IAN GREENLEIGH

Author | Marketer | Speaker

I help companies turn data, ideas and relationships into reach and influence. 

Social media bubbles

Flickr CC photo credit: user placbo [This is an advance excerpt from The Social Media Side Door, now available for pre-order on Amazon and B&N]

Social media is a landscape that can only be navigated through relationships.

The fact that our access to people and information is now instant and global (or universal, taking into account Curiosity’s Foursquare check-in on Mars and tweets from the International Space Station) is a testament to the power of relationships.

News of the Arab Spring reached most people by way of the ripple effect across overlapping social circles: I follow Tyler, but I don’t follow Tariq. Tyler retweets Tariq, and now Tariq has entered my social circle. If I want to follow him and engage with him, I can make his place within that circle more permanent.

Even news organizations on Twitter are now in the habit of retweeting first-person sources, rather than providing their own content—this is a convenient way of getting to stories quickly while placing the responsibility for veracity on the original sources. Those original sources enter your stream, and thus your social circle, only because someone you choose to follow has chosen to relay them to you as part of her audience.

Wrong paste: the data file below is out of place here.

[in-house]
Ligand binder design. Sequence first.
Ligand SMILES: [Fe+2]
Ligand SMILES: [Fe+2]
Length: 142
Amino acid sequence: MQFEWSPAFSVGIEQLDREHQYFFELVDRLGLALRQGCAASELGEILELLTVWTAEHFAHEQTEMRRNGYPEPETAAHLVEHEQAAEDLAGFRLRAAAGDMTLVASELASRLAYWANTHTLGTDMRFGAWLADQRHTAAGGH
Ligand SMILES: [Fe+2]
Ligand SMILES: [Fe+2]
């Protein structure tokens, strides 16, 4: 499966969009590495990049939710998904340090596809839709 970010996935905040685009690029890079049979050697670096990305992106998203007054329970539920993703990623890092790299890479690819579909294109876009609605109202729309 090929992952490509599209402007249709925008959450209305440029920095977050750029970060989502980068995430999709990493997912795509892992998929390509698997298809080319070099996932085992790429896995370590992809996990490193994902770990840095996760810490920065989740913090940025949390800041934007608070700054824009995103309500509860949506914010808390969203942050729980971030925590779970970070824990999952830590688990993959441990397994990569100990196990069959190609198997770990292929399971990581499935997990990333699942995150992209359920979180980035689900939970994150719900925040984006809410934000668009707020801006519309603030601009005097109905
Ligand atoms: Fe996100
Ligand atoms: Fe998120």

Ever see a bubble split into two bubbles? It’s like that in reverse. That's the real "social media bubble."

Spending time with speakers on the social media conference circuit, one often sees a big difference between their social media and in-person interactions. Though this is an effect that is present in our society in general today, it’s especially apparent in this circle. The most digitally outgoing people can seem reserved at mixers; folks who are “all business” online will often show an edgier side at group dinners. This isn’t disingenuous; it’s a reflection of a new reality in which social media helps us to grow into the people we want to be. People who get tongue-tied or sheepish but want to change themselves for the better can start with their social media selves, where it’s much easier to begin. It makes you wonder what skills are transferring from the digital realm to other areas of life. Does tweeting to thousands of followers every day make a person more comfortable speaking to a crowd of a few hundred strangers? Do a person’s interactions in social media make that person’s everyday encounters a little easier?

In my life the answer has been yes, and I know I’m not alone. Social media, then, is aspirational. It can help you become a better version of yourself.

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© 2016 Ian Greenleigh